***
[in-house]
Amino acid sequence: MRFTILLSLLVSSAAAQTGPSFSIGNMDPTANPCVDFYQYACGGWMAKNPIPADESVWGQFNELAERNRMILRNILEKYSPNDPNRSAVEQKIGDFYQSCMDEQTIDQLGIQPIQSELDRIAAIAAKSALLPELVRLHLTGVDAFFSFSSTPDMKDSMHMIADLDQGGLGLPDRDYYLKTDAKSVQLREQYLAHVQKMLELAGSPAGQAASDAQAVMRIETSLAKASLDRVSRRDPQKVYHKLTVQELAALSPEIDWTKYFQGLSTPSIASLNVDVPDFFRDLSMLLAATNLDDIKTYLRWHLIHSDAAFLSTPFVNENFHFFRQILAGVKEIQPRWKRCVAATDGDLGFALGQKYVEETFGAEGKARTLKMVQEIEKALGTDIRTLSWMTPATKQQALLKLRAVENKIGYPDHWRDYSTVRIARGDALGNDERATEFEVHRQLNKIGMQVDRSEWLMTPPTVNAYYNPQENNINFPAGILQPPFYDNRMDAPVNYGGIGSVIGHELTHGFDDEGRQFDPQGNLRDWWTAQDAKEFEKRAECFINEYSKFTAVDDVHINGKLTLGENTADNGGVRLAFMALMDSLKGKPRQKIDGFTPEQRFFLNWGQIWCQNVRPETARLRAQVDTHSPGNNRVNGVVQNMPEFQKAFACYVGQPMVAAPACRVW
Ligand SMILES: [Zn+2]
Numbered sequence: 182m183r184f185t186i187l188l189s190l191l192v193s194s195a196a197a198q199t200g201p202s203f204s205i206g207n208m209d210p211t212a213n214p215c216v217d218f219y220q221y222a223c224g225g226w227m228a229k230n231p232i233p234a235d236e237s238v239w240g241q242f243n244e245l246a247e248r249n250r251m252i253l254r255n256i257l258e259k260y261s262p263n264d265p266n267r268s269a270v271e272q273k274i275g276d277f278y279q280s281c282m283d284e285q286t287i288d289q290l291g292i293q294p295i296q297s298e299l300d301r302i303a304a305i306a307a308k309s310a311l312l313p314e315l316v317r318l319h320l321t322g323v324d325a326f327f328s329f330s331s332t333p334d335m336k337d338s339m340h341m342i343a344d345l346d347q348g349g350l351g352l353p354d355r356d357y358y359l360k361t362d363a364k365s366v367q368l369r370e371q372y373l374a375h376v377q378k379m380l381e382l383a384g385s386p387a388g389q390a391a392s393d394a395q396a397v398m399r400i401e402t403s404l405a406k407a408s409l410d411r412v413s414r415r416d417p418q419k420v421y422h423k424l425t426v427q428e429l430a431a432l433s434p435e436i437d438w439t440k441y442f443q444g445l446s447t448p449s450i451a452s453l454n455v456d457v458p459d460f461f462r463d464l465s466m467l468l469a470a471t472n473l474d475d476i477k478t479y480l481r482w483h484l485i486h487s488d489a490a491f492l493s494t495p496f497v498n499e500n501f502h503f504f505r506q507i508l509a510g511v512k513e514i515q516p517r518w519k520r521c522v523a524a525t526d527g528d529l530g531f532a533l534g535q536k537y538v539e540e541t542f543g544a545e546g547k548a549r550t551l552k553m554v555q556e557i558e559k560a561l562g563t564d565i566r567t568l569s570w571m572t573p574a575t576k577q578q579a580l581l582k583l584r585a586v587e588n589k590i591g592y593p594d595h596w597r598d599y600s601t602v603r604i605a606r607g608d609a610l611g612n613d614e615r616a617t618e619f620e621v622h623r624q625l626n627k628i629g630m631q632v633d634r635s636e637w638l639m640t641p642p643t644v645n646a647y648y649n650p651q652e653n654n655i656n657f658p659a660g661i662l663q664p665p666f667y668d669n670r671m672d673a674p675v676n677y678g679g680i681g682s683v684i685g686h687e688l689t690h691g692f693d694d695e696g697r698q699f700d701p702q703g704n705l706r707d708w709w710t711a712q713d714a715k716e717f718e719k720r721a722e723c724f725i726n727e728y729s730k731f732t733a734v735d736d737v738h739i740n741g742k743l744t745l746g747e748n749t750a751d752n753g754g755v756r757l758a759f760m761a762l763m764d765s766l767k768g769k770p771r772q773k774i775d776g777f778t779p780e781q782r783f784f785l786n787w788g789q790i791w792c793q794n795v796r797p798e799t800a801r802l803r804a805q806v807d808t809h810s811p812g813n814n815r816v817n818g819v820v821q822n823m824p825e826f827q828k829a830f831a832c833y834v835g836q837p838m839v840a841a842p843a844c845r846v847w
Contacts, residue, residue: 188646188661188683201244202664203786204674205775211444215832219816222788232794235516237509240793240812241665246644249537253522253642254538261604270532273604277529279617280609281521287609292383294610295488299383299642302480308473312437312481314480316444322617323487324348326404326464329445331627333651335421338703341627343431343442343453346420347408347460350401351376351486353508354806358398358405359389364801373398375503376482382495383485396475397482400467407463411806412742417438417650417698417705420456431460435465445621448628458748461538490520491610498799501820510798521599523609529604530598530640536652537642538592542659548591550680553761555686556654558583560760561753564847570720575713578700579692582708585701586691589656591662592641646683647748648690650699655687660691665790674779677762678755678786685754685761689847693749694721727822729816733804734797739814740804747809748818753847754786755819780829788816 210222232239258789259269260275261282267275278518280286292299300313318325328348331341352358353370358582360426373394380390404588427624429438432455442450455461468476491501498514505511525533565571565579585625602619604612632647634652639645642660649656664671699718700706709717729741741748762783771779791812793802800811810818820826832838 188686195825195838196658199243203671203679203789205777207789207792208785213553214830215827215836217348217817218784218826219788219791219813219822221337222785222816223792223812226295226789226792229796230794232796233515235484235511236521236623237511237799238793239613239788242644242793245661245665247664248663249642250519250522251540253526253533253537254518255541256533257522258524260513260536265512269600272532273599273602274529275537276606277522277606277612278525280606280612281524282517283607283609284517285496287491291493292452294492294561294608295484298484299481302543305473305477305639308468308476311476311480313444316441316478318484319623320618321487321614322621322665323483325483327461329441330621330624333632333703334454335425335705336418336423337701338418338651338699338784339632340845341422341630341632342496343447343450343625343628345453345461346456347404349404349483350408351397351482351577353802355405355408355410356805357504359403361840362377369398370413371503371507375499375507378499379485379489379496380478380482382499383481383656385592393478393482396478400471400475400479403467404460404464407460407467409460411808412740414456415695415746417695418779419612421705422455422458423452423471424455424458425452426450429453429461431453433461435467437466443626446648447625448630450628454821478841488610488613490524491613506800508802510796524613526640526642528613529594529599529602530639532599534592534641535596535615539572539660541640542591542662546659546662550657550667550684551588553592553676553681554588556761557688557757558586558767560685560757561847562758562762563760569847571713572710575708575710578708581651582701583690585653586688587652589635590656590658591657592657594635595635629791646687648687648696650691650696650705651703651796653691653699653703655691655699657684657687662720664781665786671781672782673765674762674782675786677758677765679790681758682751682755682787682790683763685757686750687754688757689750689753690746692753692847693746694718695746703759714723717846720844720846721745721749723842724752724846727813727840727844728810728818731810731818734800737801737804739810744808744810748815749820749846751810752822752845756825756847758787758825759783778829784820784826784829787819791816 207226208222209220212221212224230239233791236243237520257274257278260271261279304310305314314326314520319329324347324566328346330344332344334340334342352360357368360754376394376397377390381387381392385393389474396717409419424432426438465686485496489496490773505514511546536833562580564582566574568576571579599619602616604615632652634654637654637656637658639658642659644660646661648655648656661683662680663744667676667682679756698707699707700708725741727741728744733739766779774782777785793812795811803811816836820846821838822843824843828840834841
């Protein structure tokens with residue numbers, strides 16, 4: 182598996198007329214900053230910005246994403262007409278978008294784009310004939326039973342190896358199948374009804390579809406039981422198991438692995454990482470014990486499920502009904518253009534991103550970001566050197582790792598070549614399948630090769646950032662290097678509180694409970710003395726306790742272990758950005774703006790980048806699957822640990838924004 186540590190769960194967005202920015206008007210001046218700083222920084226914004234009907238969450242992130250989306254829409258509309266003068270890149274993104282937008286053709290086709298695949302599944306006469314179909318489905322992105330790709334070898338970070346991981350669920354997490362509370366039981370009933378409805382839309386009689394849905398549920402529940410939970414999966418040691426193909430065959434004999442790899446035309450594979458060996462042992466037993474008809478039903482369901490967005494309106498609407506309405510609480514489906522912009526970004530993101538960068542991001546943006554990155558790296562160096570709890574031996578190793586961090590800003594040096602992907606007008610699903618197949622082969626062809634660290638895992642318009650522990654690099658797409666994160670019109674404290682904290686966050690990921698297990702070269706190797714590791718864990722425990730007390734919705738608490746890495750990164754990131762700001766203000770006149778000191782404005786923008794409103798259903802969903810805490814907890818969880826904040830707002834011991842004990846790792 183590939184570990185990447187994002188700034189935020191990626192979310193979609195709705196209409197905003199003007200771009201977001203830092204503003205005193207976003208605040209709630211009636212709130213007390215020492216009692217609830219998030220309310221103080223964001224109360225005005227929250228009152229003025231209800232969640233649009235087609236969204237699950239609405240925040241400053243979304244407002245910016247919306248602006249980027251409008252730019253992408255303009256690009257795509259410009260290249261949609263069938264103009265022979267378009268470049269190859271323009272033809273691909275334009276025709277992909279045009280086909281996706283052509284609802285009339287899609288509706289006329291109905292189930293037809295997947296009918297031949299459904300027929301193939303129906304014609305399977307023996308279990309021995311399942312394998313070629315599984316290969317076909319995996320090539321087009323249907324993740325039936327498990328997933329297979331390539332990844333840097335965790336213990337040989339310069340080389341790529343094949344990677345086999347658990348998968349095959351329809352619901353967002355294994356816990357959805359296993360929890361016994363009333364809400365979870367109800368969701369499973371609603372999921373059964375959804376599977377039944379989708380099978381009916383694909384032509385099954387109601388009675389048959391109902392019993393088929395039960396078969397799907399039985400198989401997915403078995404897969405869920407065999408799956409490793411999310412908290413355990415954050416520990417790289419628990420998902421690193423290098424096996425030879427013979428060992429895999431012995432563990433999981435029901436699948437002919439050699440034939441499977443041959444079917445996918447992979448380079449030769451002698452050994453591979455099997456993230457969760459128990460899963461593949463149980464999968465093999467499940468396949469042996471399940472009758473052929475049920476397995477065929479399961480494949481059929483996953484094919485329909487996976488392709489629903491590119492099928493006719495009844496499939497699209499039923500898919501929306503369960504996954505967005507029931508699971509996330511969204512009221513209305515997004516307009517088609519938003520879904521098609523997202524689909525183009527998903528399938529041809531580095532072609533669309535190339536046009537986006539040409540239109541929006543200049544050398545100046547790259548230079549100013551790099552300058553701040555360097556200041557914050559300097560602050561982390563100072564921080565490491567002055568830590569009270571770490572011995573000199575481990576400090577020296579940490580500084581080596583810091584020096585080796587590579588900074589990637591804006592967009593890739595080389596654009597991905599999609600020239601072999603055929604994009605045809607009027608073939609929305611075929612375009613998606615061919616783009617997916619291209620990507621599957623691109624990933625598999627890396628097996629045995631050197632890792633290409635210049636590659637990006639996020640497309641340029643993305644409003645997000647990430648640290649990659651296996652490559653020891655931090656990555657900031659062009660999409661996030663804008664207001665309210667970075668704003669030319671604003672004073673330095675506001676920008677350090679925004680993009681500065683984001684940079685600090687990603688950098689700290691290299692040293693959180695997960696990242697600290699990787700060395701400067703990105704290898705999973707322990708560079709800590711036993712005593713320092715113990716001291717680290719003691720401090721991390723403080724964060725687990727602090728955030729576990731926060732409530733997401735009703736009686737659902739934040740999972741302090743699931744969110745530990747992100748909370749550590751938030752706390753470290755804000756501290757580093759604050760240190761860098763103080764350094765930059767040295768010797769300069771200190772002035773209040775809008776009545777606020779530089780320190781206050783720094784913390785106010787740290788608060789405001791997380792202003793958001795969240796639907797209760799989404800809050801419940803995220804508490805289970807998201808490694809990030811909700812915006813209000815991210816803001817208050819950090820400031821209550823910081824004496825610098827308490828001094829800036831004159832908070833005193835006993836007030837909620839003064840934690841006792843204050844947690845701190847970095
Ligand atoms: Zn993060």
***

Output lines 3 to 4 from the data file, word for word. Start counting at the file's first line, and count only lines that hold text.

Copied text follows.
Ligand SMILES: [Zn+2]
Numbered sequence: 182m183r184f185t186i187l188l189s190l191l192v193s194s195a196a197a198q199t200g201p202s203f204s205i206g207n208m209d210p211t212a213n214p215c216v217d218f219y220q221y222a223c224g225g226w227m228a229k230n231p232i233p234a235d236e237s238v239w240g241q242f243n244e245l246a247e248r249n250r251m252i253l254r255n256i257l258e259k260y261s262p263n264d265p266n267r268s269a270v271e272q273k274i275g276d277f278y279q280s281c282m283d284e285q286t287i288d289q290l291g292i293q294p295i296q297s298e299l300d301r302i303a304a305i306a307a308k309s310a311l312l313p314e315l316v317r318l319h320l321t322g323v324d325a326f327f328s329f330s331s332t333p334d335m336k337d338s339m340h341m342i343a344d345l346d347q348g349g350l351g352l353p354d355r356d357y358y359l360k361t362d363a364k365s366v367q368l369r370e371q372y373l374a375h376v377q378k379m380l381e382l383a384g385s386p387a388g389q390a391a392s393d394a395q396a397v398m399r400i401e402t403s404l405a406k407a408s409l410d411r412v413s414r415r416d417p418q419k420v421y422h423k424l425t426v427q428e429l430a431a432l433s434p435e436i437d438w439t440k441y442f443q444g445l446s447t448p449s450i451a452s453l454n455v456d457v458p459d460f461f462r463d464l465s466m467l468l469a470a471t472n473l474d475d476i477k478t479y480l481r482w483h484l485i486h487s488d489a490a491f492l493s494t495p496f497v498n499e500n501f502h503f504f505r506q507i508l509a510g511v512k513e514i515q516p517r518w519k520r521c522v523a524a525t526d527g528d529l530g531f532a533l534g535q536k537y538v539e540e541t542f543g544a545e546g547k548a549r550t551l552k553m554v555q556e557i558e559k560a561l562g563t564d565i566r567t568l569s570w571m572t573p574a575t576k577q578q579a580l581l582k583l584r585a586v587e588n589k590i591g592y593p594d595h596w597r598d599y600s601t602v603r604i605a606r607g608d609a610l611g612n613d614e615r616a617t618e619f620e621v622h623r624q625l626n627k628i629g630m631q632v633d634r635s636e637w638l639m640t641p642p643t644v645n646a647y648y649n650p651q652e653n654n655i656n657f658p659a660g661i662l663q664p665p666f667y668d669n670r671m672d673a674p675v676n677y678g679g680i681g682s683v684i685g686h687e688l689t690h691g692f693d694d695e696g697r698q699f700d701p702q703g704n705l706r707d708w709w710t711a712q713d714a715k716e717f718e719k720r721a722e723c724f725i726n727e728y729s730k731f732t733a734v735d736d737v738h739i740n741g742k743l744t745l746g747e748n749t750a751d752n753g754g755v756r757l758a759f760m761a762l763m764d765s766l767k768g769k770p771r772q773k774i775d776g777f778t779p780e781q782r783f784f785l786n787w788g789q790i791w792c793q794n795v796r797p798e799t800a801r802l803r804a805q806v807d808t809h810s811p812g813n814n815r816v817n818g819v820v821q822n823m824p825e826f827q828k829a830f831a832c833y834v835g836q837p838m839v840a841a842p843a844c845r846v847w